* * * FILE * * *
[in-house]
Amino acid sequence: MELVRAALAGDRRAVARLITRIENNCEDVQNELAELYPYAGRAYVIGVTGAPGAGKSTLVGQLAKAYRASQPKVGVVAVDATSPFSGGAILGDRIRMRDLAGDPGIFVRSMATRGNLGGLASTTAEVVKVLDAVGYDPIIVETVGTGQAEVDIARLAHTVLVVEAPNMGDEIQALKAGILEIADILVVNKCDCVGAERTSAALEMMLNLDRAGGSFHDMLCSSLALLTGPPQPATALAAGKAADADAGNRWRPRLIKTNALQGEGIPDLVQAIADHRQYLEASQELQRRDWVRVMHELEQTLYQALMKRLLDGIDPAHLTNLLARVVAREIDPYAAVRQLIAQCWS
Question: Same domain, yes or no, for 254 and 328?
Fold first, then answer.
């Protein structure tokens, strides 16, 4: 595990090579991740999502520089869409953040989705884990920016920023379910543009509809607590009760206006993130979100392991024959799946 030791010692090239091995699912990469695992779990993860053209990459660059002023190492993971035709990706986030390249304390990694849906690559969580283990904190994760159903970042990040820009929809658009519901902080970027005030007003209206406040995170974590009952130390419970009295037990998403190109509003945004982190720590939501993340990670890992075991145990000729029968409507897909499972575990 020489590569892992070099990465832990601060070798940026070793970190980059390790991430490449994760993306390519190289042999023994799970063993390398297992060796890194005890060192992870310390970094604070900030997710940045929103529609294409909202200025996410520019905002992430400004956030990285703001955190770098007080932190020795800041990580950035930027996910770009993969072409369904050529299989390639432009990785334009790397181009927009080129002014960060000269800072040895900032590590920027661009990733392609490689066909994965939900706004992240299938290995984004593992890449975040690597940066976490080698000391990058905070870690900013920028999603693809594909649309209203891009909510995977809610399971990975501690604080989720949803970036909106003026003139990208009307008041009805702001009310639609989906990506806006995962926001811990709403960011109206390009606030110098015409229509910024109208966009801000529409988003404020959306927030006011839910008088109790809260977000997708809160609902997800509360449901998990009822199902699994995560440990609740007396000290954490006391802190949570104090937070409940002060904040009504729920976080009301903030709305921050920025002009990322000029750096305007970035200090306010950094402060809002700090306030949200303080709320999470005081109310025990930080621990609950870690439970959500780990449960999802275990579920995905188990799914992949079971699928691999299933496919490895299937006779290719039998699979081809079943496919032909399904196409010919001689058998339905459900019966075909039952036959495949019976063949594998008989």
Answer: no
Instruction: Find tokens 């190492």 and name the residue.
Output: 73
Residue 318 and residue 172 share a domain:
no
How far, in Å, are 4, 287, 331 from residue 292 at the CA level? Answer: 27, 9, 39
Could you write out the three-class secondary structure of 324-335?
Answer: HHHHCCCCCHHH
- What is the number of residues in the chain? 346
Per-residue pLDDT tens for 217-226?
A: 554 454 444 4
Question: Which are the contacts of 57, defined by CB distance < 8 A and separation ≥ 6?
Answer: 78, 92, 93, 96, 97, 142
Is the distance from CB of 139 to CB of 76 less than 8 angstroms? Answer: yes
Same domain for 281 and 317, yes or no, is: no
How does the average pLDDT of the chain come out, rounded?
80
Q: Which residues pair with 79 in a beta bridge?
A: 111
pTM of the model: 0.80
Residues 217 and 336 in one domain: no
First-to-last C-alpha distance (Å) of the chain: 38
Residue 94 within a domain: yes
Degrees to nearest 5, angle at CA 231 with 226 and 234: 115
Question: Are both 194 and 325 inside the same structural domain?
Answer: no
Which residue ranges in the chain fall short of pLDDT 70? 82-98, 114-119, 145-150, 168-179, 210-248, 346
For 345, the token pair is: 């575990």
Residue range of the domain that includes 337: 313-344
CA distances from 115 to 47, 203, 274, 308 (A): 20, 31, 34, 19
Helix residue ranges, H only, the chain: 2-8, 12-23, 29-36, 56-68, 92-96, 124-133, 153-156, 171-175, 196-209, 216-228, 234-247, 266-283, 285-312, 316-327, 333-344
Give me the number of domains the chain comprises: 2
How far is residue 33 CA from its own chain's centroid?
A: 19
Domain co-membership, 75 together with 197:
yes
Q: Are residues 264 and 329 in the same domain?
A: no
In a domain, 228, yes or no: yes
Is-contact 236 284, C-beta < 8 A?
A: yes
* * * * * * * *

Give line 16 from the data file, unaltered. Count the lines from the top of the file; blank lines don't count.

A: 554 454 444 4